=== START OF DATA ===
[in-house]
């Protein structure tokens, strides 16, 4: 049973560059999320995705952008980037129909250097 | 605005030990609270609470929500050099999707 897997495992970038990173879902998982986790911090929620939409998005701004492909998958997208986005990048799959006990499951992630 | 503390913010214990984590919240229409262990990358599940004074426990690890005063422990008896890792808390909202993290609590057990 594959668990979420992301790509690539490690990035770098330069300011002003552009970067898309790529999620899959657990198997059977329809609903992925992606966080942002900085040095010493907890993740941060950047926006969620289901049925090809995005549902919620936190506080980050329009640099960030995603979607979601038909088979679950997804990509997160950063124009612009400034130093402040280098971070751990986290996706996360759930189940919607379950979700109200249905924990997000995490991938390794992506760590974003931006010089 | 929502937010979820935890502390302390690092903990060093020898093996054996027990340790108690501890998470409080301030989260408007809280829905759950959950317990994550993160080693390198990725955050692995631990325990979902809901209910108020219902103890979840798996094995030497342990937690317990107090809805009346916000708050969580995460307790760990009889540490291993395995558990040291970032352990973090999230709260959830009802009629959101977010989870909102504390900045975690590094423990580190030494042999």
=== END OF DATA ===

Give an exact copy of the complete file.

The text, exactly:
[in-house]
């Protein structure tokens, strides 16, 4: 049973560059999320995705952008980037129909250097 | 605005030990609270609470929500050099999707 897997495992970038990173879902998982986790911090929620939409998005701004492909998958997208986005990048799959006990499951992630 | 503390913010214990984590919240229409262990990358599940004074426990690890005063422990008896890792808390909202993290609590057990 594959668990979420992301790509690539490690990035770098330069300011002003552009970067898309790529999620899959657990198997059977329809609903992925992606966080942002900085040095010493907890993740941060950047926006969620289901049925090809995005549902919620936190506080980050329009640099960030995603979607979601038909088979679950997804990509997160950063124009612009400034130093402040280098971070751990986290996706996360759930189940919607379950979700109200249905924990997000995490991938390794992506760590974003931006010089 | 929502937010979820935890502390302390690092903990060093020898093996054996027990340790108690501890998470409080301030989260408007809280829905759950959950317990994550993160080693390198990725955050692995631990325990979902809901209910108020219902103890979840798996094995030497342990937690317990107090809805009346916000708050969580995460307790760990009889540490291993395995558990040291970032352990973090999230709260959830009802009629959101977010989870909102504390900045975690590094423990580190030494042999």